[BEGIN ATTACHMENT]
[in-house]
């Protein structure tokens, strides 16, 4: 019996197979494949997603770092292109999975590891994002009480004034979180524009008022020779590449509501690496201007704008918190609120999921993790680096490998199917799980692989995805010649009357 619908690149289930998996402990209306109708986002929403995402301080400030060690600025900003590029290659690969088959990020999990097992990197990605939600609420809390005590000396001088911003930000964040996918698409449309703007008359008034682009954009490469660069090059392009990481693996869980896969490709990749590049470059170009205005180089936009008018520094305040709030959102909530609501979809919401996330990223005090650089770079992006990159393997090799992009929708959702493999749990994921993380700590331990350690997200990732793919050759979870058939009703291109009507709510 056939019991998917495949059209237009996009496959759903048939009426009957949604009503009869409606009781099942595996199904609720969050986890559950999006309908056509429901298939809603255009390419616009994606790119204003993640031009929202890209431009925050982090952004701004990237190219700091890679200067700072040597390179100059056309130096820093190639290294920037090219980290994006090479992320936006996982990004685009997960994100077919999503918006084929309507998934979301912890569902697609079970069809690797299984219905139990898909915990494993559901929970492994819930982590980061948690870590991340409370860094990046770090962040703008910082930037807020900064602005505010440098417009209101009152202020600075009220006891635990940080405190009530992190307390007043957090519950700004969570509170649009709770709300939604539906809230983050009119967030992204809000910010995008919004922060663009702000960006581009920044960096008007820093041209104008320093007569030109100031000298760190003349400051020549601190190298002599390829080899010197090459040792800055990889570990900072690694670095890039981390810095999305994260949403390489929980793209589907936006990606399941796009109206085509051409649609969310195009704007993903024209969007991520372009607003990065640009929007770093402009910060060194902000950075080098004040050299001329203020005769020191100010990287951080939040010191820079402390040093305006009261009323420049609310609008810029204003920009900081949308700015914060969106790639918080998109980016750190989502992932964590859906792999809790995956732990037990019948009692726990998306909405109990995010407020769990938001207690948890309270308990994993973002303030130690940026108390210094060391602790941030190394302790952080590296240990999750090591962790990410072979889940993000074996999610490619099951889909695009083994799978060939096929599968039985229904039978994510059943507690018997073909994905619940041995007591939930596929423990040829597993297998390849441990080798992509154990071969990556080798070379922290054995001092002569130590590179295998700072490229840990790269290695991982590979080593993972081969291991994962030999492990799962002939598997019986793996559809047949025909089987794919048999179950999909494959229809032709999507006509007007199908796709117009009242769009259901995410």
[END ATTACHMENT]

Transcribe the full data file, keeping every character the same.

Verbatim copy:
[in-house]
């Protein structure tokens, strides 16, 4: 019996197979494949997603770092292109999975590891994002009480004034979180524009008022020779590449509501690496201007704008918190609120999921993790680096490998199917799980692989995805010649009357 619908690149289930998996402990209306109708986002929403995402301080400030060690600025900003590029290659690969088959990020999990097992990197990605939600609420809390005590000396001088911003930000964040996918698409449309703007008359008034682009954009490469660069090059392009990481693996869980896969490709990749590049470059170009205005180089936009008018520094305040709030959102909530609501979809919401996330990223005090650089770079992006990159393997090799992009929708959702493999749990994921993380700590331990350690997200990732793919050759979870058939009703291109009507709510 056939019991998917495949059209237009996009496959759903048939009426009957949604009503009869409606009781099942595996199904609720969050986890559950999006309908056509429901298939809603255009390419616009994606790119204003993640031009929202890209431009925050982090952004701004990237190219700091890679200067700072040597390179100059056309130096820093190639290294920037090219980290994006090479992320936006996982990004685009997960994100077919999503918006084929309507998934979301912890569902697609079970069809690797299984219905139990898909915990494993559901929970492994819930982590980061948690870590991340409370860094990046770090962040703008910082930037807020900064602005505010440098417009209101009152202020600075009220006891635990940080405190009530992190307390007043957090519950700004969570509170649009709770709300939604539906809230983050009119967030992204809000910010995008919004922060663009702000960006581009920044960096008007820093041209104008320093007569030109100031000298760190003349400051020549601190190298002599390829080899010197090459040792800055990889570990900072690694670095890039981390810095999305994260949403390489929980793209589907936006990606399941796009109206085509051409649609969310195009704007993903024209969007991520372009607003990065640009929007770093402009910060060194902000950075080098004040050299001329203020005769020191100010990287951080939040010191820079402390040093305006009261009323420049609310609008810029204003920009900081949308700015914060969106790639918080998109980016750190989502992932964590859906792999809790995956732990037990019948009692726990998306909405109990995010407020769990938001207690948890309270308990994993973002303030130690940026108390210094060391602790941030190394302790952080590296240990999750090591962790990410072979889940993000074996999610490619099951889909695009083994799978060939096929599968039985229904039978994510059943507690018997073909994905619940041995007591939930596929423990040829597993297998390849441990080798992509154990071969990556080798070379922290054995001092002569130590590179295998700072490229840990790269290695991982590979080593993972081969291991994962030999492990799962002939598997019986793996559809047949025909089987794919048999179950999909494959229809032709999507006509007007199908796709117009009242769009259901995410």